What? WordPress automatically compresses JPEG images? This might be news to you. When images are uploaded to WordPress, it will automatically compress jpeg files to 90% of the original. More than likely this is intended to help your pages load faster and keep file sizes smaller. Do you really miss that extra 10% with the high quality of digital images today?
There’s a very simple, yet insanely useful plugin that recently showed up in the WordPress plugin repository. Require Featured Image does exactly what it says – it restricts every user from publishing a post unless they have uploaded a featured image.
The images you include on your website are probably more powerful than the content you write. People are very impatient when it comes to reading these days, but the right images will make visitors more likely to read your content and make a genuine connection.
Finding great images for your site is easy if you know where to look. We’ve put together a roundup of the best places to find free, high quality stock images for use on your WordPress site.
There are many different reasons users might want to change the default upload directory in WordPress. It makes it possible to host images on a subdomain for performance reasons, which can also make backups more efficient. People also sometimes change this directory in order to create a different URL structure and organization for their media files.
Before WordPress 3.5 you used to be able to change the upload directory path from the Settings menu in the dashboard. Unfortunately, it’s not that easy anymore, but it’s still possible.
How to change the default media upload directory
A quick search through the plugins at wordpress.org will turn up several photo plugins for BuddyPress but none with the comprehensive list of features offered by the rtMedia plugin. Previously known as BuddyPress Media, it has been completely re-written and has re-launched with the new rtMedia branding.
Blog writing can involve a lot of blood, sweat and tears, unless you’re one of those magical people who can tap out an insightful post with inexplicable ease or some kind of deus ex machina intervention.
Not only do you have to come up with a decent topic to write about, there’s also writing the damn thing and then coming up with a catchy headline.
It’s a happy day in the world of WordPress. The 3.5 “Elvin” release is now ready for download. Yes, that’s right, the 3.5 release has been dubbed “Elvin” – not as in elves but rather named for jazz drummer Elvin Jones. Curious about what’s new? Here’s a quick summary:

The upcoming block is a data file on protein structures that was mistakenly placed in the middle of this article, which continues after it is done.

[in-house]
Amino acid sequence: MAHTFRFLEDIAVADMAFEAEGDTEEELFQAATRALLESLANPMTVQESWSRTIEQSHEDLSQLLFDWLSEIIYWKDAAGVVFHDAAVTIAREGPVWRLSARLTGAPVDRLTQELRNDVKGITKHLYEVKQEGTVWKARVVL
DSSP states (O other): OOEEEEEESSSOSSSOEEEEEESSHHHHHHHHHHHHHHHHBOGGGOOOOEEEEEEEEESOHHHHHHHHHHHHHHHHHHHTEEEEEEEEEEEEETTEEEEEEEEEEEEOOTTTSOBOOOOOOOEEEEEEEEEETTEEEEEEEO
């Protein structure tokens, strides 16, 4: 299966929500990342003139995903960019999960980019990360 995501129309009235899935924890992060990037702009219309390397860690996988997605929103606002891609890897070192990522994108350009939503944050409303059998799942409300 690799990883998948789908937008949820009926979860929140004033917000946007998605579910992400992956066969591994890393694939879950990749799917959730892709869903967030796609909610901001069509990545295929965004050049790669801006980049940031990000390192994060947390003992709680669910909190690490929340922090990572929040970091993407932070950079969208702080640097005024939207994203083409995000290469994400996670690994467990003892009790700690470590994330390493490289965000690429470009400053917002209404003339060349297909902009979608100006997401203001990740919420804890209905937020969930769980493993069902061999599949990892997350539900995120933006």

WordPress Media Completely Re-Envisioned
This release includes massive changes to the WordPress media library. You’re simply going to love how easy it is to add new media to WordPress. It provides a totally new experience for uploading photos and creating galleries.
New Twenty Twelve Default Theme
There are 2 ways to upload images into your WordPress site – through the post/page image uploader or through the media library.
Both place images into your overall media library; and both give you the ability to drag and drop upload multiple images at once.
So what’s the difference and which one should you use? Good questions.
Most people add images into a post using the Add/Insert button located just above the post/page editor. This gives you the ability to upload files from your computer, a web url, or from inside your media library.
If your website is driven by your creative media, be it photos, videos or audio files, the last thing you want to see is your hard work being used without your consent. The Sell Media plugin for WordPress gives you a way to sell, license and protect your precious media, with no fees. Absolutely free!
Sell Media is a neat and easy way for photographers, videographers, musicians and artists to organize their content in their WordPress sites and start turning a profit instead of turning out unlicensed content for digital ne’er-do-wells.
Ensuring that your site looks good, loads fast and is easy to navigate is great. It becomes essential when users view it on the smaller screens of their mobile devices. Using a responsive WordPress theme is one way to ensure that your content adapts to those screens.
However, sometimes media stubbornly refuses to resize itself properly to fit those smaller screens. If media on your site is not resizing properly when viewing on smaller screens, you’re gonna love these responsive WordPress plugins!